Rep. Eric Swalwell thinks he’s so important that President Donald Trump would plant a Chinese spy story about him.

Axios reporter Jonathan Swan tore apart Swalwell’s claim, reminding the guy that he knew Axios was working on this story in 2019.

Thing is, it’s not only about you, Swalwell. You’re only a part of the story. The subject is China infiltrating our political system.

So I refuse to go into all of that. Swalwell refuses to answer if he slept with the Chinese spy Christine Fang. WHO CARES.

The FBI concluded Swalwell didn’t do anything wrong.

Swalwell is as slimy as they come, but there is no proof of wrongdoing.

Anyway, Swalwell loved the attention and decided to make it about him. He told Politico:

“I’ve been a critic of the president. I’ve spoken out against him. I was on both committees that worked to impeach him,” Swalwell said in an interview on Tuesday. “The timing feels like that should be looked at.”

Swalwell added: “What it appears though that this person — as the story reports — was unsuccessful in whatever they were trying to do. But if intelligence officials are trying to weaponize someone’s cooperation, they are essentially seeking to do what this person was not able to do, which is to try and discredit someone.”

Swan defended his colleagues on Fox News:

The Axios story, co-authored by the outlet’s China reporter Bethany Allen-Ebrahimian and Aspen Institute senior staff writer Zach Dorfman, reported that a Chinese national named Fang Fang, aka Christine Fang, targeted up-and-coming politicians, including Swalwell.

“It would be inappropriate for me to talk about my colleagues’ sourcing, but just use your common sense,” Swan told host Bret Baier Wednesday. “Even Swalwell acknowledges that he first found out Axios was on this in 2019. But … his timeline’s wrong … she’s [Allen-Ebrahimian has] been working on this for more than a year.”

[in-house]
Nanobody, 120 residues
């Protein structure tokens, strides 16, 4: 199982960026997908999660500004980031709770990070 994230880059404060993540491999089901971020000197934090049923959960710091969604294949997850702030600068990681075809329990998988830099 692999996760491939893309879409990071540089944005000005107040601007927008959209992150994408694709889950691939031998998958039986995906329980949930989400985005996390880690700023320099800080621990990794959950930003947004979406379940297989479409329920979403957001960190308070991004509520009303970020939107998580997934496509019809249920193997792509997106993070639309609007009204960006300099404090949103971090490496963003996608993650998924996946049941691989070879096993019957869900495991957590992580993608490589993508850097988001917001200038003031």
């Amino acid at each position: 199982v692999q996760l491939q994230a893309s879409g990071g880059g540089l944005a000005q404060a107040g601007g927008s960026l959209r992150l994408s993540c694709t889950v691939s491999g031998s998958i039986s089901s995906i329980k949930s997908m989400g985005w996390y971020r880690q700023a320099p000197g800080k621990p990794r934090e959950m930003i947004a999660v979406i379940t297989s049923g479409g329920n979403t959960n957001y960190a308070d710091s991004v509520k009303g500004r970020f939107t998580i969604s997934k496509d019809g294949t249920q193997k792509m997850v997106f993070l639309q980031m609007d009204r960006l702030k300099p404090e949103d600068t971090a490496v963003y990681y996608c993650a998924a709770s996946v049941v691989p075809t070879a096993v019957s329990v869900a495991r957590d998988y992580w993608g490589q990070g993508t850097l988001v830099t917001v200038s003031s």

“Anyone who has any passing understanding of how Trump World works, do we really think that they put out some opposition research and then patiently wait[ed] a year — beyond an election — for the very well-respected China correspondent to report it out in a nuanced fashion?” he asked. “I mean, give me a break. It’s completely absurd.

Swan puts Swalwell in his place because, as I said before, it’s not about him:

“The story is really important,” Swan added. “It shows how the Chinese Communist Party operates inside this country. It shows how they infiltrate local politics, how they identify young, in some cases soft targets, people who don’t have a lot of staff around them, who don’t have experience, who don’t actually understand the tactics of the Chinese Communist Party, and then they follow them up … In Eric Swalwell’s case, he has become a very, very powerful, important member of Congress with access to the nation’s top secrets. So it’s a very important story just to understand how China is operating … right now in this country.”


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